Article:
# Jason Zimba’s “wiring diagram”

In the article by Jason Zimba that I posted here, there were glimpses of a diagram showing connections between standards. A lot of people have asked me where the complete diagram is, so I prevailed upon Jason to make it available here, along with an introduction explaining what it is and is not intended to achieve. I would stress one point, since everybody so much wants to be reading the standards as curriculum, that it is not in any sense a diagram of curriculum, although it could be useful to curriculum designers.

UPDATE 10/29/2015 by Jason Zimba – The wiring diagram now exists as a more fully fledged digital tool called the “Coherence Map,” found at www.achievethecore.org/coherence-map. When you click the link, you will be able to navigate the content standards via their connections, and you will also see resources keyed to individual standards, such as relevant excerpts from the Progressions documents, tasks from Illustrative Mathematics, and other open resources (this feature is meant to grow over time).

## 13 thoughts on “Jason Zimba’s “wiring diagram””

1. Howard Levine

please send the actual URL, the embedded link did not open on my computer

2. This is interesting! Could I interpret the “6A”, “6B”, “6C” divisions to roughly correspond to material covered each trimester?

• The A, B, C groupings are explained in the preface to the graph, which is important to read in general for the way it puts the graph in context. (See the first few pages of the PDF file.)

As to this specific question, I’m not sure if those groupings correspond to fixed periods of time such as trimesters. For example, it seems to me that group A is generally, in some sense, “less time” than group C. But I would leave such judgments to others…and stress that different curriculum authors might choose to sequence things differently.

3. Maggie Hackett

Awesome – Thanks for sharing. I had started to do this, got as far as connections between OA & NBT in 1st grade, and then was horrified at the “mess” that evolved. 🙂

• Likewise Maggie. Seeing Jason’s work just brings home the point that I could never have finished to the degree that he has.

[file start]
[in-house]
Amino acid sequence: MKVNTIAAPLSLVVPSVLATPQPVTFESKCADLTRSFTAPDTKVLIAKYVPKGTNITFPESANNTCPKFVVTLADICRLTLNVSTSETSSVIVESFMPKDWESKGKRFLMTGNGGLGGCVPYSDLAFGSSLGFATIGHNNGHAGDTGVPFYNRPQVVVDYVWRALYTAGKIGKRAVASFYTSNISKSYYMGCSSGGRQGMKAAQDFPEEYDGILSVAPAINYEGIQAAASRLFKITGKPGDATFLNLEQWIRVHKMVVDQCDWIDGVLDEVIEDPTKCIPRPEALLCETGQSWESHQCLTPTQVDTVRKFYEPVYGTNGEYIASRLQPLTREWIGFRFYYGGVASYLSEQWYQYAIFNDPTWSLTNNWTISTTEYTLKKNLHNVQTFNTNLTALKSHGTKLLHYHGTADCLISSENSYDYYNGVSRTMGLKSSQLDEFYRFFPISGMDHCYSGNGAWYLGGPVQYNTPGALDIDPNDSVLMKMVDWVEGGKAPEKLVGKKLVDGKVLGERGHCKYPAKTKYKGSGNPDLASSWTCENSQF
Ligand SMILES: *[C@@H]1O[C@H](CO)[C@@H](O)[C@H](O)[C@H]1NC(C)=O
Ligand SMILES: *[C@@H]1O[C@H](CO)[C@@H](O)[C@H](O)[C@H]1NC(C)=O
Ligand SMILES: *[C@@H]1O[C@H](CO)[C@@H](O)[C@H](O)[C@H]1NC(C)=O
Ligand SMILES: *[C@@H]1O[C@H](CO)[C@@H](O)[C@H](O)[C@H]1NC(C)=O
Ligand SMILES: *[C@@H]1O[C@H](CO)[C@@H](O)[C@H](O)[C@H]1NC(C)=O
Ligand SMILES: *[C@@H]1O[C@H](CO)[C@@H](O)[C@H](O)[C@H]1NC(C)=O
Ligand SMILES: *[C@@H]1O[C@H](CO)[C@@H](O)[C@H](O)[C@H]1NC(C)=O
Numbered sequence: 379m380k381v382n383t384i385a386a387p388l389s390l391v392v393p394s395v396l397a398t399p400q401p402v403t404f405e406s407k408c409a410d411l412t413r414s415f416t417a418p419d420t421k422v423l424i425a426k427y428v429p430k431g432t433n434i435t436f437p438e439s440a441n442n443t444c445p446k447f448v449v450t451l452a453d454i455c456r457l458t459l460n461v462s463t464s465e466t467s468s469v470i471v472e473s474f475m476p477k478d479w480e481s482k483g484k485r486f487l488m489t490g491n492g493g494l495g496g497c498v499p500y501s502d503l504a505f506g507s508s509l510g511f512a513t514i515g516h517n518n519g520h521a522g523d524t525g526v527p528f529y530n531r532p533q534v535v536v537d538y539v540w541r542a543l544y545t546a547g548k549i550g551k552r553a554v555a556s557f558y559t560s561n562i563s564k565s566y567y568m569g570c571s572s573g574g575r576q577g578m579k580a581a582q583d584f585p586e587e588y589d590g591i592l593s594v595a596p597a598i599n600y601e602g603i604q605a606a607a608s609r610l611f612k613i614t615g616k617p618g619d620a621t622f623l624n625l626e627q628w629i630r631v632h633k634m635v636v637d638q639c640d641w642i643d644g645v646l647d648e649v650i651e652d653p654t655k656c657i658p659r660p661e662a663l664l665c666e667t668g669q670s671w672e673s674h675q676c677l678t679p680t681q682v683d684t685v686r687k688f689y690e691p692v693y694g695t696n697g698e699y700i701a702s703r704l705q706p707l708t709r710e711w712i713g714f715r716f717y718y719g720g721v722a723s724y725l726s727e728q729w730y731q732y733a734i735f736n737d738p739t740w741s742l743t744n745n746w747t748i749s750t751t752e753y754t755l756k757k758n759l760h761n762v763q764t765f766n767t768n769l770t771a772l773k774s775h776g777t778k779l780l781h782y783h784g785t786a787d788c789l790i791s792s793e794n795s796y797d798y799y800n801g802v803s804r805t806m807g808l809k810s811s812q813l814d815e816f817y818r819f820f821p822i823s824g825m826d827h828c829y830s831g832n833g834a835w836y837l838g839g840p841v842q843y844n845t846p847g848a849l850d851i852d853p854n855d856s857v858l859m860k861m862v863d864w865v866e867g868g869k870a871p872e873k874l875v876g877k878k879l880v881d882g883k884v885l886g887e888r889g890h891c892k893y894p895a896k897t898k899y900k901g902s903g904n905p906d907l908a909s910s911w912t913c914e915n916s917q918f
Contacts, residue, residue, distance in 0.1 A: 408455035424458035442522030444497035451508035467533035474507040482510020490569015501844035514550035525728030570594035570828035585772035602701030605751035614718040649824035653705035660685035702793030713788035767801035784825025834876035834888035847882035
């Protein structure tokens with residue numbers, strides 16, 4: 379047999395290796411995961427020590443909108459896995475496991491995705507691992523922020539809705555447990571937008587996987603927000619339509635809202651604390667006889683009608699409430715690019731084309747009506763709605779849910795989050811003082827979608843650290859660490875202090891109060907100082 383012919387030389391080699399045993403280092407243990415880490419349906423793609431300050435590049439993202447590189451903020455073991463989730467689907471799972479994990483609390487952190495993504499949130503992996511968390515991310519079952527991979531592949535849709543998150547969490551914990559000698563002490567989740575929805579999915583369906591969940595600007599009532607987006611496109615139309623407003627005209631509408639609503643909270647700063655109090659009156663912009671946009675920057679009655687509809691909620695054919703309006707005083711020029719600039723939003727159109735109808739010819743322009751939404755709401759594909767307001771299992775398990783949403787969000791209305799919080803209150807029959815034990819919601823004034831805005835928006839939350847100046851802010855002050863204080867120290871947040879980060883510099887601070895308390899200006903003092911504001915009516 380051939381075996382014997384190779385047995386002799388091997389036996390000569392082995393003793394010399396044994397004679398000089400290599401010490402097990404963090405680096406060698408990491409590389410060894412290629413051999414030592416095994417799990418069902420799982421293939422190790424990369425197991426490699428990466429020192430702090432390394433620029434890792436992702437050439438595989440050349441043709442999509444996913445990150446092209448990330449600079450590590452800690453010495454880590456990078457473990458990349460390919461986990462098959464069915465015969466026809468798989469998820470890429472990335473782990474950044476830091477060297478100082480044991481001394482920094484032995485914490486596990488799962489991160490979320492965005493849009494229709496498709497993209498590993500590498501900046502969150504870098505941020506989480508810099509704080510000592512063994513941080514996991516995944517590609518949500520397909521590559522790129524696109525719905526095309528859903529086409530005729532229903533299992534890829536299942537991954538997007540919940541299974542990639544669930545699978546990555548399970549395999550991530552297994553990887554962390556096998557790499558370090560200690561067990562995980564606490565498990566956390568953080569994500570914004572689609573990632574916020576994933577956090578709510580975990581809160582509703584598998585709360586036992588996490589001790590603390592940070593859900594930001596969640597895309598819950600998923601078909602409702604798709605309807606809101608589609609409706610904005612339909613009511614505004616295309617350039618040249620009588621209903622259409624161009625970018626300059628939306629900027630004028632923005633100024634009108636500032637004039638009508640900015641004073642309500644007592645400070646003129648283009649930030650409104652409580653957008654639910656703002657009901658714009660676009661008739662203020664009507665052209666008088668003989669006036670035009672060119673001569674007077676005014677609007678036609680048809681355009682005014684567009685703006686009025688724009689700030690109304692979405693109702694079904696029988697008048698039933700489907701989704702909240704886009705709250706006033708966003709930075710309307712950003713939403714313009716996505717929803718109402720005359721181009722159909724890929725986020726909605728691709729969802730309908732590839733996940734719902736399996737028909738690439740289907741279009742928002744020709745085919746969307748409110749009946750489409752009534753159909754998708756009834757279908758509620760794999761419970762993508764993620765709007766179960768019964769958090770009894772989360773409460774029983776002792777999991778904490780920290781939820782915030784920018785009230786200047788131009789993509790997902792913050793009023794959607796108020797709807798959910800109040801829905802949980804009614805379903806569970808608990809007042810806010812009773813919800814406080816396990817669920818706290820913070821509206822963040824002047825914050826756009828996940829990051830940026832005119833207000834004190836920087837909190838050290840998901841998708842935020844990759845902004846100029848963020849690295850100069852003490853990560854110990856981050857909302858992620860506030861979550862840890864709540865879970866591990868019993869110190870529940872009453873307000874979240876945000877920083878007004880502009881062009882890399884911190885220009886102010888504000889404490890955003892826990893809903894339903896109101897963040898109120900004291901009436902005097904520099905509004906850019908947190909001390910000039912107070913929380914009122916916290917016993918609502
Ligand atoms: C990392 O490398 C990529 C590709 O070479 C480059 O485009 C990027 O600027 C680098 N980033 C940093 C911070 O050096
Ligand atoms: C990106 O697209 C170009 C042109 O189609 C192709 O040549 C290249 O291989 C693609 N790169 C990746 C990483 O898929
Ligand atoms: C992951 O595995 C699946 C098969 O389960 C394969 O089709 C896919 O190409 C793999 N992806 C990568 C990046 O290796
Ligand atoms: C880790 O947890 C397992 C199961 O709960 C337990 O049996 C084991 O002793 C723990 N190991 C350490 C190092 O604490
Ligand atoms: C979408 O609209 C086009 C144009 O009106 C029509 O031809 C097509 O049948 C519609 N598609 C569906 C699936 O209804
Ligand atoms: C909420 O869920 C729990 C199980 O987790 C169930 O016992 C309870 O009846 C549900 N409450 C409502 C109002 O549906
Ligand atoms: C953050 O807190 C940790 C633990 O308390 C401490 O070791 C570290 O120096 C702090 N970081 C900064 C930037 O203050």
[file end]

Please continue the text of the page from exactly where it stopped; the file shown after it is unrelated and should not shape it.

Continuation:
4. Gretchen Muller

We are spending time looking at and interpreting Jason’s graph. Does anyone know the difference between the green and black lines? Everything else is explained in the document. Thanks.

• Bob Reynolds

It appears the green lines represent relationships between different grade levels, but I may be wrong.

• (That is correct.)

5. Marca

Is it correct to assume that A, B, and C may reference primary standards, supporting, and such?

• No. There are probably some patterns, but no fixed rule of that sort underlies the groupings.

For example, one can see that the standards belonging to major clusters often exhibit long or complex chains of arrows in the diagram, and this would tend to push the beginnings of those chains all the way back into Group A. And the endpoints of those chains are also going to belong to major clusters, so major work will often stretch into Group C as well. Meanwhile, additional work often lacks those long or complex chains of arrows, so it might not end up in Group A very often, or maybe even Group B. So these circumstances might lead to some patterns, but as I say, there wasn’t any mechanistic rule determining these things in the diagram.

6. Jason, Sorry for the duplicate questions – I sent these via email through your blog as well. But I see you are actively answering questions here, so here goes:

Most versions of your diagram I have seen end at 8th grade. But I am recalling seeing one version that “ended” at 8th grade, but had the beginning of the “next page” and I thought I could see what appeared to be a high school section of the chart. I am very interested in your take on the 9-12 standards and how you see them connecting to the K-8 standards. Is this something you would be willing to share as well?

Additionally, a few standards have a note above them. Could you share your rationale as to why it was important enough to include some small detail at times? Why those standards in particular?

And finally, the K and 8th grade standards have a stand-alone standard not connected to anything, while the 3rd grade standards have a “Not shown: 3.MD:1” footnote rather than including it similar to K and 8th. Is there any significant reason for the difference?